Are you using the best vendors and HR solutions providers in Asia?
Human Resources only recommends companies listed in the
HR Vendors of the Year Awards.
“Strength lies in differences, not in similarities,” says author Stephen R. Covey. And that can’t be more true when you find yourself working with various types of HR colleagues found in every office and realise that different people need to be dealt with in different ways.
In this exclusive to Human Resources, these business leaders share their tips on working with different personalities. Let’s hear their secret!
Learning for me, is number one. Attempt to speak to them in their language; by deep diving with the aid of some tools to understand their orientations. Once having met with some alignment, invite them to be ‘explorers’. Allow them new experiences and validations that will support their biases or consciousness.
- Minal Jagtiani, co-founder, LeadThink
It’s neuroscience at work – recognise and become aware of unconscious biases and the impact these have in how we see others and others see us. Only then can we deal with each personality the way we should. Unconscious bias surfaces any time our brain tries to simplify the reality we observe, but it also tricks us into placing people into ‘tribes’ (e.g. young/old; tech/sales). When we simplify reality, we run the risk of oversimplifying and become unable to see personalities for the wonderful complex thing they are.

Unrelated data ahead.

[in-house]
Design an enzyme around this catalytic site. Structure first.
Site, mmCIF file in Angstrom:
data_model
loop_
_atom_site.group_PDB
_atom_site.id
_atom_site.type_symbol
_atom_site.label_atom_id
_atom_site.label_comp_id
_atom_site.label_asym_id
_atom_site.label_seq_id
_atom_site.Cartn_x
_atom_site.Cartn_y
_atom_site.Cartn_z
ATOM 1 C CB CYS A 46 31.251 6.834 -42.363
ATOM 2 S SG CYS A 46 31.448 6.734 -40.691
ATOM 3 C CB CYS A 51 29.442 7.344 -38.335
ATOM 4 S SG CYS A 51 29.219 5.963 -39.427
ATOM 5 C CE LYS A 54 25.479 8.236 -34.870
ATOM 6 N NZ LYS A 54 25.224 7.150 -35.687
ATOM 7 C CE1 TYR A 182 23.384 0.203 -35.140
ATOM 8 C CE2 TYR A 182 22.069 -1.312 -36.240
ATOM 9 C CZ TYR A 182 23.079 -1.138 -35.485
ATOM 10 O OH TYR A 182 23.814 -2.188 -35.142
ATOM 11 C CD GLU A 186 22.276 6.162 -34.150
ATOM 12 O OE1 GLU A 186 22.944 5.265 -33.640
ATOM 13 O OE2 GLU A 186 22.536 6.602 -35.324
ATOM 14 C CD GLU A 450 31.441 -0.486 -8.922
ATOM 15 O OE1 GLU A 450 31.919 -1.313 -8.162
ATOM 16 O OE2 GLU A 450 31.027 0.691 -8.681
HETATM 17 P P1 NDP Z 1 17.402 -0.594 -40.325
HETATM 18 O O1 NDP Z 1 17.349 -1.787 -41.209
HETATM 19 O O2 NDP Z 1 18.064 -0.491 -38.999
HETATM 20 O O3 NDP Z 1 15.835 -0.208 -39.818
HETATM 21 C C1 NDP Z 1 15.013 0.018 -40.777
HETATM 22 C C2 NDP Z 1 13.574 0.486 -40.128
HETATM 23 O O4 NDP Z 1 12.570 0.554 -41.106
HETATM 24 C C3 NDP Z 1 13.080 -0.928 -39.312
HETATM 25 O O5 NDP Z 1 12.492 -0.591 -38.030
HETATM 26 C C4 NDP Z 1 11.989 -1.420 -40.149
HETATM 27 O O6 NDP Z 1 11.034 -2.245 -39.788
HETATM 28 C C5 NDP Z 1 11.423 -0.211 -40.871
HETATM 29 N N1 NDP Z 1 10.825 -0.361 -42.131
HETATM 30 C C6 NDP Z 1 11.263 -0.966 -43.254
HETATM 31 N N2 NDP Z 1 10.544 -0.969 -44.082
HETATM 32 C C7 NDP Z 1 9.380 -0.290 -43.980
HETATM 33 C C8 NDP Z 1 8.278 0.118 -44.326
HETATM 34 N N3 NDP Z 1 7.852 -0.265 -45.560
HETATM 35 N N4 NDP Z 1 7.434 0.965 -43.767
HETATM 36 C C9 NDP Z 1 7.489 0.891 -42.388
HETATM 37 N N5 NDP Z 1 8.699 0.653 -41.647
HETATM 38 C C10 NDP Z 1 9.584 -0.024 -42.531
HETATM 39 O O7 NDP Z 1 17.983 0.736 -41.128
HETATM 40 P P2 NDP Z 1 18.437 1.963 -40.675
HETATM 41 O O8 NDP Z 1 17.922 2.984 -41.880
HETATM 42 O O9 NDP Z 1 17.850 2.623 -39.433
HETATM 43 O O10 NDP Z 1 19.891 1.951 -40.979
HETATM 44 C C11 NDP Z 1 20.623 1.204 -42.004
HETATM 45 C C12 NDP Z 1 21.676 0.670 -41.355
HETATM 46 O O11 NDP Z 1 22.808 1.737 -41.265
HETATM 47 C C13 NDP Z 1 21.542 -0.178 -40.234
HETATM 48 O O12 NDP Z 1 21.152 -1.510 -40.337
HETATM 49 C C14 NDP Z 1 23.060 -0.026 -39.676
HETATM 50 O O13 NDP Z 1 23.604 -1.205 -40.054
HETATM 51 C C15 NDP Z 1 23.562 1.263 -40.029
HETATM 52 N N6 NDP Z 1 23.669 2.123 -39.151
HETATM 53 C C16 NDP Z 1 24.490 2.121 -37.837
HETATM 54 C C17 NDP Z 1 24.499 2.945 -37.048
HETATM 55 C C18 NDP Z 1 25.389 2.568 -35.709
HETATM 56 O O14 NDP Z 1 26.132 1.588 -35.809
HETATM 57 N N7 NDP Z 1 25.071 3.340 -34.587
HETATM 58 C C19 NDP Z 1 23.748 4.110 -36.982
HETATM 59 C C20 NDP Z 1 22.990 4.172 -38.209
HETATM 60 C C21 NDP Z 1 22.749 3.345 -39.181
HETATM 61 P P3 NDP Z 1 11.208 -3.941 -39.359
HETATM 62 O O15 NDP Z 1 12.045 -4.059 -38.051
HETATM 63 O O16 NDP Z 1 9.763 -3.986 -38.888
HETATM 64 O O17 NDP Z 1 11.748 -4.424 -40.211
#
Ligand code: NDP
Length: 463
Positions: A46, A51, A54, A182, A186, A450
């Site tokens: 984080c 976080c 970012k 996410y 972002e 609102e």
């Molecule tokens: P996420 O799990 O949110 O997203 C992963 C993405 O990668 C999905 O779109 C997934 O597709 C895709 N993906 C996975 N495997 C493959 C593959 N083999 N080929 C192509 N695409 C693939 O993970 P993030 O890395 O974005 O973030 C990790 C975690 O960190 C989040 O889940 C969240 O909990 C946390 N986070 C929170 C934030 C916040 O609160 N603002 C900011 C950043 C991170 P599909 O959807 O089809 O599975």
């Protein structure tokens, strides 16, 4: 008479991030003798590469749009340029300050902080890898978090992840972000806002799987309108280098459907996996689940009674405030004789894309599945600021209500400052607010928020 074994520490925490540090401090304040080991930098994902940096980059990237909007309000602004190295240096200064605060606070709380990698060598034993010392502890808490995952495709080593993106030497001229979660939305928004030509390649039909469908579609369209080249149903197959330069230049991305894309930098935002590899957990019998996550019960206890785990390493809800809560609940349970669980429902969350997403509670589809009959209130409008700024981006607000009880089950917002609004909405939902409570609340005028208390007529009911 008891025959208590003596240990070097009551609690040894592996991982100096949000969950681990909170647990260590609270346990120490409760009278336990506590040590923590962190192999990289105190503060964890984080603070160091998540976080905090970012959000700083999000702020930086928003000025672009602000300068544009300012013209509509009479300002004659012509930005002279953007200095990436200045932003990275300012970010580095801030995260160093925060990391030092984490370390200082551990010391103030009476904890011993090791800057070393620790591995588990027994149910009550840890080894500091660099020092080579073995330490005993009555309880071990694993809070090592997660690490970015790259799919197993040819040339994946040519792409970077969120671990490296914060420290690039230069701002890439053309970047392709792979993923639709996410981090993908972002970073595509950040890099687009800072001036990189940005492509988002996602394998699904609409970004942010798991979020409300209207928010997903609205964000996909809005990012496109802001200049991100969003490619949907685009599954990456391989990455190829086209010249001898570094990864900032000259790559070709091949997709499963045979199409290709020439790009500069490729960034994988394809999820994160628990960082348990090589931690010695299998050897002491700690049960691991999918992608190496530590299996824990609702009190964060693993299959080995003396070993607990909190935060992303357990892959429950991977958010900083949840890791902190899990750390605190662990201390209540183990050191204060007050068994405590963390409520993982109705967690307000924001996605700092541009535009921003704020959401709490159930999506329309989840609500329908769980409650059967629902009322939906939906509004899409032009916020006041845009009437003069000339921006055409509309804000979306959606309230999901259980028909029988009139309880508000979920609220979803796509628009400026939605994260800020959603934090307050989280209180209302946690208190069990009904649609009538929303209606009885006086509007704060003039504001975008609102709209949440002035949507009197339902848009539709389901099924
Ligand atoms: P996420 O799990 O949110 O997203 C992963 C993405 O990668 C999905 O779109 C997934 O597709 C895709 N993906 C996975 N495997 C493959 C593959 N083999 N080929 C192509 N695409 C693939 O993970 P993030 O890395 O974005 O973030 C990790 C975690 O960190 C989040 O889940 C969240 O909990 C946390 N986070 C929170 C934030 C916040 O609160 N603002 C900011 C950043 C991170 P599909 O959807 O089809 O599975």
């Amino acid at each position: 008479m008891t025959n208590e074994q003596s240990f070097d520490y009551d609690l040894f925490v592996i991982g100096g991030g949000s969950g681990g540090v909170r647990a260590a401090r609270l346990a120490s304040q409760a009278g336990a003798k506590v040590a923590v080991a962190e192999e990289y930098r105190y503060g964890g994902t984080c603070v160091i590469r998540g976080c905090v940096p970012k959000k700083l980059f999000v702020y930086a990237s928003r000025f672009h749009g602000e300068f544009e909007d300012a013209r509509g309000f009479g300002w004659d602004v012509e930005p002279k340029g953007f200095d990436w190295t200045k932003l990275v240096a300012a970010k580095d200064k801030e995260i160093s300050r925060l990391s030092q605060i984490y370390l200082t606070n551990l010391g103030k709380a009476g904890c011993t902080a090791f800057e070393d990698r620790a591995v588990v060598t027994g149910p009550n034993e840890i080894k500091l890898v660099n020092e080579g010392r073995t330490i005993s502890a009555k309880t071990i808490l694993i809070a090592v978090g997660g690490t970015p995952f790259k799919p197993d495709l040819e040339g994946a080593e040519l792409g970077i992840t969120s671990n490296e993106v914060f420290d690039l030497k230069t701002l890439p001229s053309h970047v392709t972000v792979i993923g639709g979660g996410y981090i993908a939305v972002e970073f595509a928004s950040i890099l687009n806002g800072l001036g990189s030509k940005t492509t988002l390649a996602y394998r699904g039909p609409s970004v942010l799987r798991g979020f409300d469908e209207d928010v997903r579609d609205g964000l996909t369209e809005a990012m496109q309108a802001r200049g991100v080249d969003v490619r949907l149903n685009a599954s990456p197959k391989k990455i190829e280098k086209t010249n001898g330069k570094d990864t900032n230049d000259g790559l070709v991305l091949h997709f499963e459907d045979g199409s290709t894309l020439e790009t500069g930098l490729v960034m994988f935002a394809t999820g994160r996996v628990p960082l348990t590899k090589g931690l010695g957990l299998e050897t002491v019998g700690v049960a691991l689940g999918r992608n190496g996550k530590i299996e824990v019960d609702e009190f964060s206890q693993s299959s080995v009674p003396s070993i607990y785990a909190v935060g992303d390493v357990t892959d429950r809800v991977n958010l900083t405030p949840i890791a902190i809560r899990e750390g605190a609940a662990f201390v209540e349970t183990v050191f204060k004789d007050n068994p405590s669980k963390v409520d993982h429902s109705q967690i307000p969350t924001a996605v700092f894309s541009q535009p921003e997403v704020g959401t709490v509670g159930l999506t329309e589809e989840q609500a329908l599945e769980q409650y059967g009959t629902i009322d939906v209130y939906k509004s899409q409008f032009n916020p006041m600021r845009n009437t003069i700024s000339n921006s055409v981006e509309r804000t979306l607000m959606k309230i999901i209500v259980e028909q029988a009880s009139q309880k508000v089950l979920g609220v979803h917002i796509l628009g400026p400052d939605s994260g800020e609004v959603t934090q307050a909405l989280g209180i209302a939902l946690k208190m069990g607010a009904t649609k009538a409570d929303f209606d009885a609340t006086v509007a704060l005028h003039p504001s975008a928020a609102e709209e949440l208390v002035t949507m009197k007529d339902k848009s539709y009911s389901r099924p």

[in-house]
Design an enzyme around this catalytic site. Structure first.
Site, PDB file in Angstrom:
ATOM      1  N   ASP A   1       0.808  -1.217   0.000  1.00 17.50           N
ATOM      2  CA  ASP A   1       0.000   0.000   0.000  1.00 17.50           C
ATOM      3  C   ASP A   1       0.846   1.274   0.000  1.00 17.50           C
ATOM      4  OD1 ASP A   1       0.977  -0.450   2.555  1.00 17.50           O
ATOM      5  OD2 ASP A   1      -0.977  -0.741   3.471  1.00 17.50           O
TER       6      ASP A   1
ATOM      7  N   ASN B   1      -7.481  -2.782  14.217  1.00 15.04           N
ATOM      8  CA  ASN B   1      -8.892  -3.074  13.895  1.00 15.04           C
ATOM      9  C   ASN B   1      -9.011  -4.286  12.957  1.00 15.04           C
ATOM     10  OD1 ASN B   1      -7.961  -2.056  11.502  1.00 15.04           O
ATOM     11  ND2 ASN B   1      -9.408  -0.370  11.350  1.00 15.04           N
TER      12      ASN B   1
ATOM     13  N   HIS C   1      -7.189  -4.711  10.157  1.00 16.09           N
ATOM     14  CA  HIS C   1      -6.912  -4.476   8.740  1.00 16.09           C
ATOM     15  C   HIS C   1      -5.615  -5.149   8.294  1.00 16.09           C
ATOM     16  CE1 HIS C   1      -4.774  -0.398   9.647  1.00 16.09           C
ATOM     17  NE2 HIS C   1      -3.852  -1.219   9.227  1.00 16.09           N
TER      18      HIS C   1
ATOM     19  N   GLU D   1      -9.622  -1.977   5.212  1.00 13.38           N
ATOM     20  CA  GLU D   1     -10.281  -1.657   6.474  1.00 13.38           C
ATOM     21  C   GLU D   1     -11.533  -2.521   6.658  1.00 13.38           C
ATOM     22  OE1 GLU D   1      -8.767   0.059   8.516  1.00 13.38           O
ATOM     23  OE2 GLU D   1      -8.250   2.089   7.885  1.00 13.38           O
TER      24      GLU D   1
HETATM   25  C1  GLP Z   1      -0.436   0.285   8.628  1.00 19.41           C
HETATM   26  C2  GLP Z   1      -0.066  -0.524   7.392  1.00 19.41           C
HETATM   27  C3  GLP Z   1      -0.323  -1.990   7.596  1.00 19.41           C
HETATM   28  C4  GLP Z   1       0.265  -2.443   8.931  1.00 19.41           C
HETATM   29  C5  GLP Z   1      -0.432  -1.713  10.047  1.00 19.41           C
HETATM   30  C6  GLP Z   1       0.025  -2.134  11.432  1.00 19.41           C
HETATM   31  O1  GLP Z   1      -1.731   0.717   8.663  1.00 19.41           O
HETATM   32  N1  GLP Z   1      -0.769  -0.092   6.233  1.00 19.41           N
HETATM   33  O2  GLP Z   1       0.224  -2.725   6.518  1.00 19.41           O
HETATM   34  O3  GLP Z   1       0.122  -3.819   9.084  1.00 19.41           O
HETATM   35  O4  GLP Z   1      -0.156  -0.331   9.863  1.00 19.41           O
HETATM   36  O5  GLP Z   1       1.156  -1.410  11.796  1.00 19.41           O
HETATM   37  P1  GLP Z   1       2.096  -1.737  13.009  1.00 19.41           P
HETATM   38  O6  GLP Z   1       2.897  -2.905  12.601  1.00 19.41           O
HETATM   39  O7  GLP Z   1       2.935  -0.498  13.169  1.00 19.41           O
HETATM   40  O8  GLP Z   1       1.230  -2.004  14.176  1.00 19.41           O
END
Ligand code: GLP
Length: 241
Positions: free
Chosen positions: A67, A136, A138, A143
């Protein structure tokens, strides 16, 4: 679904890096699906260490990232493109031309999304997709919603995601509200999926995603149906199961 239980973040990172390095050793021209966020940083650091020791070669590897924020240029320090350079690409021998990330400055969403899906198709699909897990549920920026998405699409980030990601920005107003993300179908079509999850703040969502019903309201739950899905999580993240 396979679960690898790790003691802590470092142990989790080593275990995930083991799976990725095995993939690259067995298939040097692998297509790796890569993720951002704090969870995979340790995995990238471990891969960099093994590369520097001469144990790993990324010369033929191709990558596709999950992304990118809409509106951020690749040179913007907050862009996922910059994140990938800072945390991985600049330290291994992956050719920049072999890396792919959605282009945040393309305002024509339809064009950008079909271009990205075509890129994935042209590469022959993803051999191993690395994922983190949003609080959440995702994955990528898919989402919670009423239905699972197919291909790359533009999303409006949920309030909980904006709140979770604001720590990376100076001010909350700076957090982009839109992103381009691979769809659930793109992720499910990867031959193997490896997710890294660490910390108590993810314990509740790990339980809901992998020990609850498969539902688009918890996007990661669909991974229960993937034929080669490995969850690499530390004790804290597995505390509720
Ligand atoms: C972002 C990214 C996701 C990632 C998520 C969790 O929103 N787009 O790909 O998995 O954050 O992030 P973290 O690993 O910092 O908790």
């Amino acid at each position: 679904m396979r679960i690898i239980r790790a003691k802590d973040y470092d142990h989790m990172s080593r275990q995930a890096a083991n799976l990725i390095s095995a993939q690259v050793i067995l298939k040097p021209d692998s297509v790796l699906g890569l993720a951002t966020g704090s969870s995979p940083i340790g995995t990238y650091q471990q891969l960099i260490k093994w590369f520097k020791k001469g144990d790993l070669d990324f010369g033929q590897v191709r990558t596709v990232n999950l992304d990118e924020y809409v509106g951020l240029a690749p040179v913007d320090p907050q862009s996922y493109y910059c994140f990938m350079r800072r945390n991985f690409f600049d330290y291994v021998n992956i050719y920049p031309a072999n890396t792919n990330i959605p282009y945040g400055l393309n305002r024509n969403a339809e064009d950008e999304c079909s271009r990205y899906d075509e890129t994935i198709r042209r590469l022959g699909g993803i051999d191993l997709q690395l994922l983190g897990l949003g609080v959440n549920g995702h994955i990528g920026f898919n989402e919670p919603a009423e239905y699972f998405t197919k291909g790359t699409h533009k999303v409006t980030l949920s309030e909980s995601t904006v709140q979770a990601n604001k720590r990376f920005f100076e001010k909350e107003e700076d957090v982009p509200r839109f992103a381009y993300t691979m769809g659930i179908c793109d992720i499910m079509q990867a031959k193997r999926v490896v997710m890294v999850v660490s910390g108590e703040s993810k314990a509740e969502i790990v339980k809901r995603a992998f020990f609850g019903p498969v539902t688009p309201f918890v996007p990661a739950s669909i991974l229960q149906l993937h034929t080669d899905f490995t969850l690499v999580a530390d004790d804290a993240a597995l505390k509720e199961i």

- Joe Carella, assistant dean, University of Arizona
By having an open mind, listening to the in-country local needs, and working collaboratively to reach an end goal; we successfully went live with the recruitment system last year.
- Domenique Onishi, talent acquisition expert
Perspective taking is key. It’s like a long game in backgammon – longer up front, but when you win, you win dramatically. To get the best out of your people, you need to have the adaptability to see the world through their eyes. A couple of things you can do here would be to vary your preferred meeting format by balancing out group thinking and individual reflection. You can also plan ahead by sending two to three specific questions prior to the meeting that you would like the team to reflect upon. Initially you may feel like these things are slowing you down, but if they get you to the best outcome and allow you to maximise the performance of your team, it’s well worth it.
- Sarah Schwab, CEO, The Experience Accelerator
The situation sounds like a true challenge and it is often the case. What helped me in a few instances was to understand the battles these people were dealing with in their lives (often personal). It’s what makes us all human.
- Gaini Tanayeva, HR director, Ferring Pharmaceuticals
My view is to embrace it. It is about learning from each other, taking in different perspectives and points of view. This will allow one to adapt, have a greater understanding and work collaboratively. When I was stepping into a regional role for a recruitment system implementation, I was tasked to work with individuals from various countries, of different nationalities and levels in management. Acknowledge it and agree a way forward. If it gets in the way, call it out in a respectful way and implement the agreed way of working.
- Sunaina Maharaj, senior business partner, people & culture, Quantium
It’s always a balancing act. I think as HR professionals we need to master the skill to “listen to learn”. This means “listen” and “learn” what an individual is saying, instead of thinking of your response before you’ve really heard them.
- Diane Seaib, group HR manager, COLAS Australia Group
Photo / 123RF